Writing about CPR–Get the Facts

Recently, I read two different books published by two of the biggest houses in the publishing world. In both, someone attempted to do CPR on a living, breathing, pulse-pounding person.

Now, I’ve been a CPR Instructor for a very long time. Long enough that if my certification were a person, it could vote in the next presidential election!

But I digress…

Authors, if you’re going to write about CPR, take a class in it first. It’s only three hours long and worth every second. Taking a CPR class can help save a life and help a save writer from killing her reader’s belief in the story.

Say you don’t have time to take a class and you’ve got to write that emergency scene right now, here are some easy tips to make it more believable.

1. CPR is Cardio Pulmonary Resuscitation. Despite the name, it is not meant to restart the heart. It’s purpose is to help keep the body’s vital organs supplied with essential oxygen-rich blood until an AED (Automated External Defibrillator) can be used.

2. CPR is 30 compressions combined with 2 breaths. Once started, CPR should not be stopped until another trained rescuer arrives and takes over, the scene becomes unsafe, the victim begins to breathe or shows obvious signs of life, or the rescuer is too exhausted to continue.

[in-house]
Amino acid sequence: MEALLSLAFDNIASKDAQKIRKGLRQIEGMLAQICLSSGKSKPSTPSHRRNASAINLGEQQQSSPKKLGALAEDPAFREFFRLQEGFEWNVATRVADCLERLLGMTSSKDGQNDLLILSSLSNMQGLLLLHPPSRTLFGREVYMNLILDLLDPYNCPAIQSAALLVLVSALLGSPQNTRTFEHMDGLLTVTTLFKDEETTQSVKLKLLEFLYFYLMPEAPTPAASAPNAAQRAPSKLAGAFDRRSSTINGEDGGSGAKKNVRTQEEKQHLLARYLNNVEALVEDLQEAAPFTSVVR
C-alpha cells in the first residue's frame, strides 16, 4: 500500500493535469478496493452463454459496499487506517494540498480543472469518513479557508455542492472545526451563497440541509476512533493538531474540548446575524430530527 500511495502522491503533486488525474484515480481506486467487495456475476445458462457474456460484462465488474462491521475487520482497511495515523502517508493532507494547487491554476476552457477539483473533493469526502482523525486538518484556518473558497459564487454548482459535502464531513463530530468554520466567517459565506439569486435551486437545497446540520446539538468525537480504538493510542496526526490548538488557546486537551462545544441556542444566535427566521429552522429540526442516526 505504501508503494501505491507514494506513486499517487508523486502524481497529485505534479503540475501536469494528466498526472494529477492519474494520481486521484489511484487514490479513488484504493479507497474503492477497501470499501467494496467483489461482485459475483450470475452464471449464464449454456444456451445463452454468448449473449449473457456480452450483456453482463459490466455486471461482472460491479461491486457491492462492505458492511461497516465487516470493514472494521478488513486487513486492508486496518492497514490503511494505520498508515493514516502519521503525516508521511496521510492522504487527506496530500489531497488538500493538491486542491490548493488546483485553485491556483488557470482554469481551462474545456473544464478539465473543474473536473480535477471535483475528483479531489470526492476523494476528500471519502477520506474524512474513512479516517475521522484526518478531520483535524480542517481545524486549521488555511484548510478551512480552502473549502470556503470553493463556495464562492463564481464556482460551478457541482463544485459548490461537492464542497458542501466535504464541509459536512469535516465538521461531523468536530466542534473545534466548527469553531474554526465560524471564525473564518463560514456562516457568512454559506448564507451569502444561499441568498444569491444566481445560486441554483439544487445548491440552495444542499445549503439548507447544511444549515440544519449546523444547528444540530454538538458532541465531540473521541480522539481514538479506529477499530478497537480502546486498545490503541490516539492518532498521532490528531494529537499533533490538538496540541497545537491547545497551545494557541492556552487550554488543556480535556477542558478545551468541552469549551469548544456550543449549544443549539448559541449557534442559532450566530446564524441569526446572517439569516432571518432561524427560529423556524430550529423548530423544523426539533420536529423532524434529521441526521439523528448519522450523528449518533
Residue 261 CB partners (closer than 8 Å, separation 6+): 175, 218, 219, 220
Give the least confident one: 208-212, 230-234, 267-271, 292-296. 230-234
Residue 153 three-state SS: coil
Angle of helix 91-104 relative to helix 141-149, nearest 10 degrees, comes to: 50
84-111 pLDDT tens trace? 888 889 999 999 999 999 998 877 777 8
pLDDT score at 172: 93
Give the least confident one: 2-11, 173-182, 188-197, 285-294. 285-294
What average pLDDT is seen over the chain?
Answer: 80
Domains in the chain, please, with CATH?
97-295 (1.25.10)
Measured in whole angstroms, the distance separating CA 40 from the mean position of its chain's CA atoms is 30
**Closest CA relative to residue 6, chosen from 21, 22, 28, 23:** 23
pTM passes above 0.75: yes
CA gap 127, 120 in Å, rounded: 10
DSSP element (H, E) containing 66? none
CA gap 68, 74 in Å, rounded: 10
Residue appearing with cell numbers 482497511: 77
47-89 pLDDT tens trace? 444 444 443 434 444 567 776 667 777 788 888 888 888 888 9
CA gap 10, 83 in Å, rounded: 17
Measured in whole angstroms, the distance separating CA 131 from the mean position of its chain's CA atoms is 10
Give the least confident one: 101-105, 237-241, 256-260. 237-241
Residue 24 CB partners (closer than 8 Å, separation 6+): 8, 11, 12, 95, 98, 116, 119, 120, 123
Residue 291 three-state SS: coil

3. Lay responders (the average people on the street) are not taught to find a pulse in an adult anymore. It makes writing that critical scene easier by omitting that step because the reader will know right away that the victim is facing a life or death scenario.

4. When an AED is attached the victim, it’s imperative that no one touches the patient while the AED is analyzing the heart’s rhythm. It can throw off the analysis. Also,  no one should come into contact with the victim while the machine is administering the shock.

5. Hands Only CPR–I figure I should touch base on this. This is what we’re teaching folks who don’t want to risk touching another person’s mouth. It is simply continuous chest compressions until more advanced help arrives. It’s not as effective as compressions and breaths but it’s better than nothing.

When writing that intense scene, check your steps. Make sure the victim is not breathing and does not have a pulse. When in doubt, go to redcross.org to take a class, ask a question or save a life.

Happy Writing! 🙂

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2 Responses to Writing about CPR–Get the Facts

  1. Judy Goodwin says:

    It’s been several years since I last took a CPR class. While I knew that they now offered the compression only CPR, it was news to me about the 30/2 breath ratio. Thanks for the information! (Do they still have a smaller ratio for children?)

    • Mary says:

      Actually, it’s 30/2 across the board, adult, infant or child. (Granted with infants you use two fingers instead of hands.) 🙂

      Like I said, Compression Only CPR is better than nothing, but full-blown CPR is still the best course of action.

      Thanks for stopping by!

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